Mahathir Mohamad, 94, was on Thursday expelled along with four other MPs from the ruling Bersatu party after he defied Prime Minister Muhyiddin’s leadership by crossing the floor in parliament to sit with the opposition members on May 18.
Mahathir was himself ousted from power in February after a coalition he helped put together to win the 2018 election fell apart. As the country’s longest-serving prime minister (in office from 1981 to 2003), he had come out of retirement in 2018 to challenge the Barisan Nasional coalition—his former party—that had ruled Malaysia since 1957.
His removal on Thursday from Bersatu was accompanied by a letter from the party that was widely circulated on social media, which said that Mahathir had violated the party’s constitution. On May 18, Mahathir sat with the opposition bloc in parliament instead of with the Perikatan Nasional coalition led by Bersatu president Muhyiddin,
Mahathir later proposed a motion of no-confidence against Prime Minister Muhyiddin, which was accepted by the speaker. However, a parliamentary sitting that could have precipitated a vote of no-confidence was turned to an address by King Abdullah, which led Mahathir to declare that "democracy is dead" in Malaysia.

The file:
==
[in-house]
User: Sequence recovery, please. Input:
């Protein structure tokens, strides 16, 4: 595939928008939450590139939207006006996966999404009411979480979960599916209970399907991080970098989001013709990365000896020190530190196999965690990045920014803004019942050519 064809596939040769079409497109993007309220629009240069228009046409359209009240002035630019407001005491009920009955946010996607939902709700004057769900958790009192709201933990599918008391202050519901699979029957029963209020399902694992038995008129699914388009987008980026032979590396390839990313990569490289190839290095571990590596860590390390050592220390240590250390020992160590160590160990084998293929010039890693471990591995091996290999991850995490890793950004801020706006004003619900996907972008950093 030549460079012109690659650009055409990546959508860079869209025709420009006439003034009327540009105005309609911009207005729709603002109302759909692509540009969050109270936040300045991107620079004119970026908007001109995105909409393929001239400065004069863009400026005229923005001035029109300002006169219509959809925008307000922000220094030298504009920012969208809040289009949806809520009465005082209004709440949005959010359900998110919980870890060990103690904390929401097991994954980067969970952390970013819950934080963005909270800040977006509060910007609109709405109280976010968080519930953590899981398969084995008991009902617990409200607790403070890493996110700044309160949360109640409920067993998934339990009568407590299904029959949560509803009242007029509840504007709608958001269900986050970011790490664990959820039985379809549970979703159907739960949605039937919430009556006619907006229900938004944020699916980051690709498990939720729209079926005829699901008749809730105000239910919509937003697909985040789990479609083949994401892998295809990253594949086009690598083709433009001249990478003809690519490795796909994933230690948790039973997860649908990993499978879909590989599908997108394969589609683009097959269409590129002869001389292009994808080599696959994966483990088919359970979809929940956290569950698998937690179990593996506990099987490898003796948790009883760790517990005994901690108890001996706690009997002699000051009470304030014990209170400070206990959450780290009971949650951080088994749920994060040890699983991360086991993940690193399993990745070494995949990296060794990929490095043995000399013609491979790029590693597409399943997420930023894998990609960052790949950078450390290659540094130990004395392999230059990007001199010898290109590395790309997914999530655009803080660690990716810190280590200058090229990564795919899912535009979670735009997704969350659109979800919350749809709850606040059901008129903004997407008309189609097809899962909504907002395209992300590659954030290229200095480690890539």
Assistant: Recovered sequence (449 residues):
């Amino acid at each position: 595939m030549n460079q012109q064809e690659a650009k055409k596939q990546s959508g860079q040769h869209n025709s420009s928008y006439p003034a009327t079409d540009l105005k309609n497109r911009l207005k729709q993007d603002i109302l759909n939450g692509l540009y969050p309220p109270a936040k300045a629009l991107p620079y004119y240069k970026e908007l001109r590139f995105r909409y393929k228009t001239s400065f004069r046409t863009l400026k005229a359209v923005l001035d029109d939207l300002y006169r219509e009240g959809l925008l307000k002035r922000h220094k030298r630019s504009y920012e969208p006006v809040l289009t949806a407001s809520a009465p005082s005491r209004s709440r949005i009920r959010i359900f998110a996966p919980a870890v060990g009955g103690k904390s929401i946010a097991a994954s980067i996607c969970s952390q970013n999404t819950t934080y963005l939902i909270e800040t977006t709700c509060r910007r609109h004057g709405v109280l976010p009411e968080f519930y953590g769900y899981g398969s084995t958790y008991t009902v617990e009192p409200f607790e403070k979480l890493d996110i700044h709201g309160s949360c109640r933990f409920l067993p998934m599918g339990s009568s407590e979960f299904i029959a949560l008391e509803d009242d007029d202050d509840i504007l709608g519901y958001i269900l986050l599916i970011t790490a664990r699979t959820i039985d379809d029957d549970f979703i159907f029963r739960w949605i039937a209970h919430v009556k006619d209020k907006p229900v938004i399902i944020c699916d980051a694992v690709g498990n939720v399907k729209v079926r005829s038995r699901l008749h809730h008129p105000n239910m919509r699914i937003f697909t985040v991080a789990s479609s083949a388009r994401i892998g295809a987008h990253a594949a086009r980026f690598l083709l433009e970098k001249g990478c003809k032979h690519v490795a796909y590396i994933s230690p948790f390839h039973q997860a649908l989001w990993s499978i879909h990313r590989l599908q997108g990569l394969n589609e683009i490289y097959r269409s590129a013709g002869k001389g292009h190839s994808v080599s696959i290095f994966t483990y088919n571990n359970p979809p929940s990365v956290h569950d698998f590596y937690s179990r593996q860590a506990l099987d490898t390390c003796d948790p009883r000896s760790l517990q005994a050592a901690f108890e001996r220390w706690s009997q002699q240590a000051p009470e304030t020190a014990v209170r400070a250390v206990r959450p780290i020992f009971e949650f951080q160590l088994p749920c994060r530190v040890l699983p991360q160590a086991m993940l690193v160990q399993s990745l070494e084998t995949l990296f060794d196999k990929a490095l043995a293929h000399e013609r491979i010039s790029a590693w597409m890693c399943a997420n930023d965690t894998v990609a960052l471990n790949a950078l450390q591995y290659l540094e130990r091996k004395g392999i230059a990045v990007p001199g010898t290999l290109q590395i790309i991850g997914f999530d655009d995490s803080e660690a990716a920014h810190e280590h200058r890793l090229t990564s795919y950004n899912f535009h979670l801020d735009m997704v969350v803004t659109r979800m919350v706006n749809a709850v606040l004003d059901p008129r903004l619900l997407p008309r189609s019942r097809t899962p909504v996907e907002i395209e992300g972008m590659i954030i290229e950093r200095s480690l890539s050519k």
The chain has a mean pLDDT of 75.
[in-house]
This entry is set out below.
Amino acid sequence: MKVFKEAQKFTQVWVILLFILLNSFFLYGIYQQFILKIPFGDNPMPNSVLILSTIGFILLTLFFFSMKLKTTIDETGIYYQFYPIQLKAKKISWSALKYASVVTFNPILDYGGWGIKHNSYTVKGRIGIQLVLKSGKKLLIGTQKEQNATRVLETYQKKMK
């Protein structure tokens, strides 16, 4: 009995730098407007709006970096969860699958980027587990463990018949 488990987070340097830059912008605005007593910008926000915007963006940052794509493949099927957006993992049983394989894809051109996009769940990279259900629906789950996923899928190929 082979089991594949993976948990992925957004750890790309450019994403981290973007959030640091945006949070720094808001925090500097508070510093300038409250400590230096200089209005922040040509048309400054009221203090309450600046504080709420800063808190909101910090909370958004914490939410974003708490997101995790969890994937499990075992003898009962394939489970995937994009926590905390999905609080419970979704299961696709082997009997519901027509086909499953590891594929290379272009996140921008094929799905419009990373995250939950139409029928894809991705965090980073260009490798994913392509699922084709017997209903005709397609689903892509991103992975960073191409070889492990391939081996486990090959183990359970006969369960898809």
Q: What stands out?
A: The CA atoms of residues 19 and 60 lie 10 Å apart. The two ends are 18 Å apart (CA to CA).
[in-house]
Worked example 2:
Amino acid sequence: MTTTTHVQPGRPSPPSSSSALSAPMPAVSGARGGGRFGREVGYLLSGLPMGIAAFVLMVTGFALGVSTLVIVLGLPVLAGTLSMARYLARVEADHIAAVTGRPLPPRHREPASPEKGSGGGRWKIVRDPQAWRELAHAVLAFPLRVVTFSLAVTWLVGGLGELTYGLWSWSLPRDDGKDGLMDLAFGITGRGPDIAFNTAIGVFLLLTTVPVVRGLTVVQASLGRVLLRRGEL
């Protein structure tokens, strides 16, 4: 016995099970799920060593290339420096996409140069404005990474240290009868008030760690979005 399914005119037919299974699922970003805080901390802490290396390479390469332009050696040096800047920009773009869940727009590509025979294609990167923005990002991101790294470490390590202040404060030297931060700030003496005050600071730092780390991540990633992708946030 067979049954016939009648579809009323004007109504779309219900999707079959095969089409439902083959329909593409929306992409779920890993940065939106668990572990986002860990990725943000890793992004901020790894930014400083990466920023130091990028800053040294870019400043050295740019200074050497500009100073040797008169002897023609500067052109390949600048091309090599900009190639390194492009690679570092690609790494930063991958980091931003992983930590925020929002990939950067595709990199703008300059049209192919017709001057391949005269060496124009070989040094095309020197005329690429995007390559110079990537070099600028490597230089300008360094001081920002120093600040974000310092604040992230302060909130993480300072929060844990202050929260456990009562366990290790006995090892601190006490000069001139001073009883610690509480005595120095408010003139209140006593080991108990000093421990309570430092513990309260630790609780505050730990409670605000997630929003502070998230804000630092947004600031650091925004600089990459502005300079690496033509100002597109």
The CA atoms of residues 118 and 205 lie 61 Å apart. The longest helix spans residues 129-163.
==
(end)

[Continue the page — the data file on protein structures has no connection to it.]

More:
His opposition to Muhyiddin stems from the latter’s decision to bring Bersatu into a coalition with the Barisan Nasional (BN) and Parti Islam Se-Malaysia (PAS) parties. Mahathir opposed going into an alliance with the United Malays National Organisation, which had been accused of graft in the run-up to the 2018 election.
The four MPs who were expelled along with Mahathir say the decision to remove them was illegal. In a joint statement, they said, "We do not accept these wrongful dismissals as they are clearly against the law and strip away our right to act...not just for ourselves but for all grassroots members of Bersatu."